Within its one million acres Lancashire provides considerable diversity. In the south are the former industrial centres, now greatly spruced up, while to the north are the rural areas of the Forest of Bowland and the Ribble Valley, both scenic, inviting and much less visited than they should be. Then there is the Lancashire coast, dominated by Blackpool with its great variety of attractions.
The ancient county town of Lancaster is an excellent place to start any journey of discovery. Small and compact, this lively university city has the added advantage of being off the general tourist routes.
To the northeast lies Leck Fell, just south of Kirkby Lonsdale and Cumbria. It is easy for the visitor to mistake this for the Yorkshire Dales as there is a typical craggy limestone gorge along the little valley of Leck Beck, as well as one of the most extensive cave systems in the British Isles. A natural route from Kirkby Lonsdale back to the county town is marked by the River Lune.
The best way to enjoy this wonderful green and hilly area of Lancashire is to follow the Lune Valley Ramble, which travels the valley’s intimate pastoral setting through woodland, meadows, and along the riverside itself.
To the west lies Morecambe Bay, a treacherous place where, over the centuries, many walkers have lost their lives in an attempt to make the crossing to Grange-over- Sands. Despite its grim history, the bay offers superb views, including glorious sunsets, as well as being an important habitat for a wide variety of birds.
Extending across much of the north of the county is the Forest of Bowland, an ancient royal hunting ground of more than 300 square miles that is dotted with small, isolated villages. With no major roads passing through the area, it has remained little changed and, with so many splendid walks and fine countryside, it is also relatively quiet even during the busiest summer weeks.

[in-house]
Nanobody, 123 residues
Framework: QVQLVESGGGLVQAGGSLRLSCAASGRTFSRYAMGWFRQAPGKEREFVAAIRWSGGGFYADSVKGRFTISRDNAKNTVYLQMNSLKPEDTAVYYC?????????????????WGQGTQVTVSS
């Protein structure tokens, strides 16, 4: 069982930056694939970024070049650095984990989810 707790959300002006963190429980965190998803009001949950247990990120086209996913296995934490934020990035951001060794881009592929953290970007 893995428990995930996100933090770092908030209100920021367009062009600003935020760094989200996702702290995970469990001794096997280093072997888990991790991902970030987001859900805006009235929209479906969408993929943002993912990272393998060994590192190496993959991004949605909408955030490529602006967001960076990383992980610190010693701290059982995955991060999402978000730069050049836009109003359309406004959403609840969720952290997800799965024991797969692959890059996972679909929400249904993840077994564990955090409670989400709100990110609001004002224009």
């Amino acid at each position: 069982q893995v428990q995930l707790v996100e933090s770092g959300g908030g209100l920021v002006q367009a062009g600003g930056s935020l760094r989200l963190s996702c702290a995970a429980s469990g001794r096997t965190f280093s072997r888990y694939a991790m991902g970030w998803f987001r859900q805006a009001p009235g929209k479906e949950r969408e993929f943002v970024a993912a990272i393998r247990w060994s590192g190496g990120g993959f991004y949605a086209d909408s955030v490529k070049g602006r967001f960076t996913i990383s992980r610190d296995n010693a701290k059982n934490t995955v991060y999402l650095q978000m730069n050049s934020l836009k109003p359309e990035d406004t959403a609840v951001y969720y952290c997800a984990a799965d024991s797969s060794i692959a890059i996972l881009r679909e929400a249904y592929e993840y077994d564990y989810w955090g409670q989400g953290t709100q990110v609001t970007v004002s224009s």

An architecturally pleasing city, Lancaster is one of the most appealing of English county capitals. Most of the county’s administrative offices are now based in Preston, so Lancaster enjoys all the prestige of being the capital without the burden of housing the accompanying bureaucrats. The city also takes pride in the fact that the Duke of Lancaster is the only duke in the kingdom who is a woman – no less a personage than HM the Queen for whom the dukedom is one of many subsidiary titles.
Lancaster’s story begins some 2000 years ago when the Romans built a fort on a hill overlooking a sweep of the River Lune, a site now occupied by the unspoiled 15th-century Priory Church of St Mary. Right up until the Industrial Revolution, Lancashire was one of the poorest counties in England, lacking the wealth to endow glorious cathedrals or magnificent parish churches. St Mary’s is a notable exception, the finest medieval church in the county. It stands on the site of Lancashire’s first monastery, which was closed not, like most others, by Henry VIII, but by Henry V in 1413. Henry was at war with France, the monastery’s mother abbey was at Sées in Normandy, so the ‘alien priory’ in Lancaster had to be dissolved. The present church contains treasures rescued from the closed priory such as the sumptuously carved wooden choir stalls from around 1345.
Each stall is covered by a superb canopy, lavishly carved with around a hundred small heads and faces surrounded by abundant foliage. Also of note are the fragments of Anglo-Saxon crosses and some very fine needlework. The Priory Tower, also on the hilltop, was rebuilt in 1759 as a landmark for ships navigating their way into the River Lune. Nearby is one of Lancaster’s links with its Roman past – the remains of a bath house, which also served soldiers as an inn.